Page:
In recent years, the Gulf Cooperation Council (GCC) — a region that consists of Bahrain, Kuwait, Oman, Qatar, Saudi Arabia and the United Arab Emirates — has drawn increasing attention from the global fashion industry, media outlets and consumers alike.
Qatar’s hosting of the FIFA World Cup 2022 led to an influx of tourists and flurry of activity from luxury brands, like the opening of Printemps Doha, and Dior and Louis Vuitton’s investment in boutiques in Qatar Duty Free. In 2021, the UAE’s Dubai hosted the first world expo in the Middle Eastwith the likes of Chanel and Armani holding shows there.
Recognising an opportunity to return the GCC’s Kuwait to the international fashion mapZainab Abdulrazzaq, founder of fashion and beauty publication 3oud.comlaunched Oud Fashion Talks (OFT) in May 2022.
The inaugural event — a black tie dinner, exhibition and series of talks at Kuwait’s Sheikh Jaber Al-Ahmad Cultural Centre — celebrated and explored the industry’s future in Kuwait and the Middle East, and attracted international and local fashion editors, designers and retailers to the talks. Oud Fashion Talks welcomed BoF’s Imran Amed, Elie Saab Jr, Al-Ostoura’s Najla Maatouk and former Harper’s Bazaar Arabia editor, Louise Nichol, among others, on stage.
Indeed, the GCC saw $2.9 billion in total luxury fashion sales in 2021, with Kuwait accounting for 15 percent of the regional market, according to Bain & Co. Mordor Intelligence also projects a market growth for the luxury goods sector in the Middle East and North Africa (MENA) region at a CAGR of 8.5 percent between 2022 and 2025.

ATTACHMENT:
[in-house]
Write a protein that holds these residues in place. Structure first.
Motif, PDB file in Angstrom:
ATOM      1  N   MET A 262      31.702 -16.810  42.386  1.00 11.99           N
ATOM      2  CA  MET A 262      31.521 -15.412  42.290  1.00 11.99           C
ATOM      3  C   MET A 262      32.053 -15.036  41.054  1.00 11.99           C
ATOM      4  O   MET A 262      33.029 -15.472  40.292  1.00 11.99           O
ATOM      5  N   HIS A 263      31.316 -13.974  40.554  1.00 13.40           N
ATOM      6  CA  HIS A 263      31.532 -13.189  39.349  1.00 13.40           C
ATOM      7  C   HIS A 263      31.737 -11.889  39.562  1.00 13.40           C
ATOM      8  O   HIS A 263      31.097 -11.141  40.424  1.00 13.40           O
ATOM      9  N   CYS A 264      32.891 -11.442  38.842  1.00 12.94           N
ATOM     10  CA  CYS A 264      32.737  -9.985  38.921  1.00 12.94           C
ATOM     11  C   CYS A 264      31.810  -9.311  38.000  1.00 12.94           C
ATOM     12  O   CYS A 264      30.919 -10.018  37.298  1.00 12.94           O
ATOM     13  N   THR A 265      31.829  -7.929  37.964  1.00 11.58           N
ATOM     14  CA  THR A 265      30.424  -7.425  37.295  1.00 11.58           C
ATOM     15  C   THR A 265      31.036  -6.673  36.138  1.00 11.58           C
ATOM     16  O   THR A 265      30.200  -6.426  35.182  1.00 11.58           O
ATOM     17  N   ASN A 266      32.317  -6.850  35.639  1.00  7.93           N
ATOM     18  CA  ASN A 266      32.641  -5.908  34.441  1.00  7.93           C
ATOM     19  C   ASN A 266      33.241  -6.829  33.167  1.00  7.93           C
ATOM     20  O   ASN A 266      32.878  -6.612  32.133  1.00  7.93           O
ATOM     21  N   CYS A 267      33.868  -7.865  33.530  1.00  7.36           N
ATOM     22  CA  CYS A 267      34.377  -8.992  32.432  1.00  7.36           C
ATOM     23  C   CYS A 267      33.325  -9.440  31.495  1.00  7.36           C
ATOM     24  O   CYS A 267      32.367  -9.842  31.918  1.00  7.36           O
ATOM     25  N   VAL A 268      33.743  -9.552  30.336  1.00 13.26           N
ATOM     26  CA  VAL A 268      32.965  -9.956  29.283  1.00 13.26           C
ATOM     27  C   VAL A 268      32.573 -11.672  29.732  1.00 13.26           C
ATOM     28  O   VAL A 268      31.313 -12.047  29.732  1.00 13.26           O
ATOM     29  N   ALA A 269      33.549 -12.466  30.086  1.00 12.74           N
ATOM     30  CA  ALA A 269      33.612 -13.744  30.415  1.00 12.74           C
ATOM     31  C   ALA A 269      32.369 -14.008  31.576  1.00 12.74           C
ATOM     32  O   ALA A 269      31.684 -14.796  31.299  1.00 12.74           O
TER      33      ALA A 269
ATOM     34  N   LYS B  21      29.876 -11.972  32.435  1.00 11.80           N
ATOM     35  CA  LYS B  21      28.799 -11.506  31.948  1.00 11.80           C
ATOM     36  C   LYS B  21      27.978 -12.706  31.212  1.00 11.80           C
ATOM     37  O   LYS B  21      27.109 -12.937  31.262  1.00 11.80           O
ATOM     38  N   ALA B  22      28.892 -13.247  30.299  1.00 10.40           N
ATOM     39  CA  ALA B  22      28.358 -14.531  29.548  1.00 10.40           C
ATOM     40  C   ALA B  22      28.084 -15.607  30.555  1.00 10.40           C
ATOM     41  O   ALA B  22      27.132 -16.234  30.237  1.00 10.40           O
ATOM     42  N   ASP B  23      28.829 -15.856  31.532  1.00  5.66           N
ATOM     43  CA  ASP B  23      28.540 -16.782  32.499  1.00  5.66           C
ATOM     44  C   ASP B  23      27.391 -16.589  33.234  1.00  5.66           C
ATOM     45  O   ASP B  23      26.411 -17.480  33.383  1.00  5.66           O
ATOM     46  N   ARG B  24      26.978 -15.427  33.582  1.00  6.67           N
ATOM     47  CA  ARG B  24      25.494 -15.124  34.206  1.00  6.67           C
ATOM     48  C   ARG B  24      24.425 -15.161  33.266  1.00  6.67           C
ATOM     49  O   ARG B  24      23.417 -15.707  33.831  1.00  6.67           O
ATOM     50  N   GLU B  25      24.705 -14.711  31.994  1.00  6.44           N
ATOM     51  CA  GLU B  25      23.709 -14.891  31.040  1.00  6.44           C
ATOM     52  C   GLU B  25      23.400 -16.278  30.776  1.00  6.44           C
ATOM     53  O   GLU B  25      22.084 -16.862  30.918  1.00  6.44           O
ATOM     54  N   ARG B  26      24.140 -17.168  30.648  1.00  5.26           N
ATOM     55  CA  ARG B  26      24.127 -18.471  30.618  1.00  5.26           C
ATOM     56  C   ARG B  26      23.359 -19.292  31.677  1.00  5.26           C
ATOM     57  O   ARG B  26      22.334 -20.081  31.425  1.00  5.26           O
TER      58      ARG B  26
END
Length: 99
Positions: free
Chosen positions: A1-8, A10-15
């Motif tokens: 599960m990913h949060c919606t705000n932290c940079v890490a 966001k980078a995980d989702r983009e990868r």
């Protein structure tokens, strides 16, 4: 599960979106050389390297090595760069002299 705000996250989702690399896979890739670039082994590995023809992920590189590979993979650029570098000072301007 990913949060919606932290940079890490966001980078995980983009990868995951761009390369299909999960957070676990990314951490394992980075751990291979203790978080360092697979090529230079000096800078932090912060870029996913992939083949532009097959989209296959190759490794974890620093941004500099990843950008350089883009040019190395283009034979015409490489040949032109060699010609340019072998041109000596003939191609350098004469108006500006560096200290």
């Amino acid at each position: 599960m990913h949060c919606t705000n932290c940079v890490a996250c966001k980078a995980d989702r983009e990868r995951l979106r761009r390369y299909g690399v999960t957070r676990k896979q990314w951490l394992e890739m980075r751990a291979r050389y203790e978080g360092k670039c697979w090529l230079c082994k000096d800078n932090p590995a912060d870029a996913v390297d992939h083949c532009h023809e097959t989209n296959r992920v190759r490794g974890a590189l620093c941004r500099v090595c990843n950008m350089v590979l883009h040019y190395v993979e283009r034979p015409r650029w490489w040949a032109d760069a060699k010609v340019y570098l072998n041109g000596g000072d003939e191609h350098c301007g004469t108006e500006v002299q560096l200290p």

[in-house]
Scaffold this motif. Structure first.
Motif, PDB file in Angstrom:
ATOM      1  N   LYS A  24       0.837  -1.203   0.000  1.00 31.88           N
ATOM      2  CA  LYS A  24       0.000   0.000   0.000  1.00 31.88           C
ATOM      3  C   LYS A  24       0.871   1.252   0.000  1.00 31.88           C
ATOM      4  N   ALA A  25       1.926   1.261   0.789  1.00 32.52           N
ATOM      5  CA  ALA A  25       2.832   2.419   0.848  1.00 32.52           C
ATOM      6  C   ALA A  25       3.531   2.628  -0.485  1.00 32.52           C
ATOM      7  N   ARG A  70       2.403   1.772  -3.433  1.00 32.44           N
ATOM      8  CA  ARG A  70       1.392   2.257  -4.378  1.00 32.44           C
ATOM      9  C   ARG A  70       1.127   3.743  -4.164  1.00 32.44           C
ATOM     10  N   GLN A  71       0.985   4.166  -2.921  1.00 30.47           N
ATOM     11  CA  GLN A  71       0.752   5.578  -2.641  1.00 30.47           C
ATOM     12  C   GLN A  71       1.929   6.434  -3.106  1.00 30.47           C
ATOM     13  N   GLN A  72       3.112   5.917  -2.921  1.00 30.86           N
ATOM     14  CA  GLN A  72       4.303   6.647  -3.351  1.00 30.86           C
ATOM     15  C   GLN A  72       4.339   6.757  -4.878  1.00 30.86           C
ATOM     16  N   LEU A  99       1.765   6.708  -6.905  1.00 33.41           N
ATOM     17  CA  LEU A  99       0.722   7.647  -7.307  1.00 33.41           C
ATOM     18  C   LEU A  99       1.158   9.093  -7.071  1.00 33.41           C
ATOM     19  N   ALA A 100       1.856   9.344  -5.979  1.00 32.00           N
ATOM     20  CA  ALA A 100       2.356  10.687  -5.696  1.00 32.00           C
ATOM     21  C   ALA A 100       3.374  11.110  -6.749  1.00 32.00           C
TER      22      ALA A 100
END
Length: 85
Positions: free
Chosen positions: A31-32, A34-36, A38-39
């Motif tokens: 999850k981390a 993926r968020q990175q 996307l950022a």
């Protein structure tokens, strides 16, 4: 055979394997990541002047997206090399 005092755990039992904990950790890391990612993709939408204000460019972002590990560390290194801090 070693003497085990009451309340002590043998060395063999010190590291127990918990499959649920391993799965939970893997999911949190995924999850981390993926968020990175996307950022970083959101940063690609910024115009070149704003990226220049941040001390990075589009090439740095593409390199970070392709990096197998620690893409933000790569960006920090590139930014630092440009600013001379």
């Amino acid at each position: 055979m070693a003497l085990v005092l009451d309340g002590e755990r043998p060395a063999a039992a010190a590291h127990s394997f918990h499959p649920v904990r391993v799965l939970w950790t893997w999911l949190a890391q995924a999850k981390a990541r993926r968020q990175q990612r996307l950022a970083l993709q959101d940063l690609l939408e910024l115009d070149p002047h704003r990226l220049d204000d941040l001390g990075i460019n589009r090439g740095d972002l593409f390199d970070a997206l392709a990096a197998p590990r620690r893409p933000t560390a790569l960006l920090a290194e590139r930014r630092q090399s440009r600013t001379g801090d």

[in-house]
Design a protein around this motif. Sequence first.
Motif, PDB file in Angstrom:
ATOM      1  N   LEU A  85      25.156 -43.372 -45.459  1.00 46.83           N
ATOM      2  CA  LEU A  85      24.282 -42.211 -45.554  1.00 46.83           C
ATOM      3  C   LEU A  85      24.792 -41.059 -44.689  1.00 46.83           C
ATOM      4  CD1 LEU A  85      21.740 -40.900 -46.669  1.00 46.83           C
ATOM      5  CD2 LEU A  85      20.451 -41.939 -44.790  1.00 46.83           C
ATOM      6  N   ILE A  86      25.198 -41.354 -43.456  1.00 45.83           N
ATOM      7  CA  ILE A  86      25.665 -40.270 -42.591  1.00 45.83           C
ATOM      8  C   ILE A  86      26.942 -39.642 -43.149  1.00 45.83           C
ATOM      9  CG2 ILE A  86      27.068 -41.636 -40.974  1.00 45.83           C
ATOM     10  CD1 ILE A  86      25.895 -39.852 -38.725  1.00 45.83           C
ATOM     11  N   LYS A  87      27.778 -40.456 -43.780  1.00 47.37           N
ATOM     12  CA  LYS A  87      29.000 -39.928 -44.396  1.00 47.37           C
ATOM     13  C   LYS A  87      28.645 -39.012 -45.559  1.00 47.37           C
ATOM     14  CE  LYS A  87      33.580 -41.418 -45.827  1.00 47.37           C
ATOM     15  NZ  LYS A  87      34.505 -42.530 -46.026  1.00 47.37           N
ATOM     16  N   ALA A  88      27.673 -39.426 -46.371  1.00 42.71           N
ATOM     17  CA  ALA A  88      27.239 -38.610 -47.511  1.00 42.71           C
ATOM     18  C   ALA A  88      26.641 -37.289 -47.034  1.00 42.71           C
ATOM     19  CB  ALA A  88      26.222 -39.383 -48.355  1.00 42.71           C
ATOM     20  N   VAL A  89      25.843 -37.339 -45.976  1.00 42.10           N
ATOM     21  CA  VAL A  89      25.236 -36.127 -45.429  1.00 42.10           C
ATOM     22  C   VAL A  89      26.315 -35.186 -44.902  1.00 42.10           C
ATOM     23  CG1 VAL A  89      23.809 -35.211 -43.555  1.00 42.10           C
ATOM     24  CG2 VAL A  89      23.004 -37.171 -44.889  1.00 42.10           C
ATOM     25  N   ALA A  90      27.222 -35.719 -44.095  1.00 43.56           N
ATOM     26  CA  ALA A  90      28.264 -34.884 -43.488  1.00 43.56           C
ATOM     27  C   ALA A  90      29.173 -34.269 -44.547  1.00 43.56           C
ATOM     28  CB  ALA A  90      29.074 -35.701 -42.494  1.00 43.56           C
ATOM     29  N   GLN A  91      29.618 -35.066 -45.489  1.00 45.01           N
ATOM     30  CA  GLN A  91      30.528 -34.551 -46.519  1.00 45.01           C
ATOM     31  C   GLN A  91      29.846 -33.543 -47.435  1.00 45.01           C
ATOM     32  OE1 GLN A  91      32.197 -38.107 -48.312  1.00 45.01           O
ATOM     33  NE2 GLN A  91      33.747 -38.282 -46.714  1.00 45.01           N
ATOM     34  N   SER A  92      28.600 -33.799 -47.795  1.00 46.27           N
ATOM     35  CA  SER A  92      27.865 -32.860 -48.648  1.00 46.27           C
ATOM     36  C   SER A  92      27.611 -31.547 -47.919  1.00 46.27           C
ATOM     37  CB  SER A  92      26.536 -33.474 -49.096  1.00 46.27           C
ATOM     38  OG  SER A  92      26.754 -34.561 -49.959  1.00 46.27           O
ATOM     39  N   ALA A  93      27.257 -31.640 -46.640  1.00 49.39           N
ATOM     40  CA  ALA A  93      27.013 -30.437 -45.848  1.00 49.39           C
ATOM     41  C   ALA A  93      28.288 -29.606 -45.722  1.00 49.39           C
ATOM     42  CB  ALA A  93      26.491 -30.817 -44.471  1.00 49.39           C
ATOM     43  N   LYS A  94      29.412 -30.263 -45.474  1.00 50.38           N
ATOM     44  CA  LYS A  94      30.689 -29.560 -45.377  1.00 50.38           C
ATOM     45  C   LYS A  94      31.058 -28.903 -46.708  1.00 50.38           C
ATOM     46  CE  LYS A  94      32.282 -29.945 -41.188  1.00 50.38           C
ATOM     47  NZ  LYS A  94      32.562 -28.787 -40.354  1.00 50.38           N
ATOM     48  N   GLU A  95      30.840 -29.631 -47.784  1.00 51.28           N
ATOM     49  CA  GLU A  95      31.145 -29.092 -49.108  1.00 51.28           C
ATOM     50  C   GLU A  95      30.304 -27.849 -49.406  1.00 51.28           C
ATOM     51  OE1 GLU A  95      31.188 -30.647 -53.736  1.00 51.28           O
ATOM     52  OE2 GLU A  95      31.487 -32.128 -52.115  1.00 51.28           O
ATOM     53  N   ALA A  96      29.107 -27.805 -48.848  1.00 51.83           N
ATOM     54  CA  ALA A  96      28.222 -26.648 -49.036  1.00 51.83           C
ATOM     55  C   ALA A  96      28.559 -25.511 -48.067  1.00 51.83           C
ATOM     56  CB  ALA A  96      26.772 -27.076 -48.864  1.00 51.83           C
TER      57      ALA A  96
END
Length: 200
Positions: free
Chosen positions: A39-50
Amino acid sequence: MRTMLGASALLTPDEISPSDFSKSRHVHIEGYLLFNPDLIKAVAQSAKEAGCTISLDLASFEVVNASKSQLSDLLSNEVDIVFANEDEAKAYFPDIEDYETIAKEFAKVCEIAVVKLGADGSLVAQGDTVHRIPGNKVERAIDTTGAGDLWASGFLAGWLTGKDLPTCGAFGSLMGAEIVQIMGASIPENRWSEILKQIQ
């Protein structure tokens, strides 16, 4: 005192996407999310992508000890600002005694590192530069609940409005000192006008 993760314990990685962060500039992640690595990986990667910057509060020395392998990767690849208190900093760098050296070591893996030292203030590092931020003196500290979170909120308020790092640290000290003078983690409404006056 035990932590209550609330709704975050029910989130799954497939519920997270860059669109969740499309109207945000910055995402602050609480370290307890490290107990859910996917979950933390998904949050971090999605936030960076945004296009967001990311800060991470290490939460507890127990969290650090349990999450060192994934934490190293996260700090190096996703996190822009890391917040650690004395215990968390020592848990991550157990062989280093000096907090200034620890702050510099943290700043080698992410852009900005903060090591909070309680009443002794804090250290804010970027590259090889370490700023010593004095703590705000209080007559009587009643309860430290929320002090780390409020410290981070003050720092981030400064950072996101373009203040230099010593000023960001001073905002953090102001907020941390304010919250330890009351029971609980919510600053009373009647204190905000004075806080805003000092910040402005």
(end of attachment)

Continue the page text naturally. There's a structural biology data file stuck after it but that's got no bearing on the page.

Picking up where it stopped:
Now, BoF sits down with Oud’s Zainab Abdulrazzaq, to learn her reflections of the first edition of Oud Fashion Talks, her views on the future of fashion in the region, and the opportunities that lie ahead as she prepares for the second iteration of the event.
Why is Oud Fashion Talks important in the positioning of Kuwait in the international fashion industry?
It’s time for Kuwait now to be a part of the conversation, to be a major player in the fashion industry, and I believe Kuwait has all the elements to be a part of the international fashion community. But it is important to build the right structure, to adopt the right creative talent and build them up internationally. So, when we started planning Oud Fashion Talks, we did so with a vision to reposition Kuwait on the map and the fashion scene, especially in the GCC but also worldwide.
The Kuwaiti consumer has the know-how and is daring. We are also open to Western countries and their style. Kuwait is a diverse country with many nationalities, which has opened up a creative community.
What learnings from the first iteration of OFT are inspiring its evolution?
Through Oud Fashion Talks, I came to realise that we had so many designers and creatives in Kuwait, and that the private sector is very supportive of this industry. Often, for any project, the number one challenge is securing financial partners, but for us, that was the easiest part of organising the event.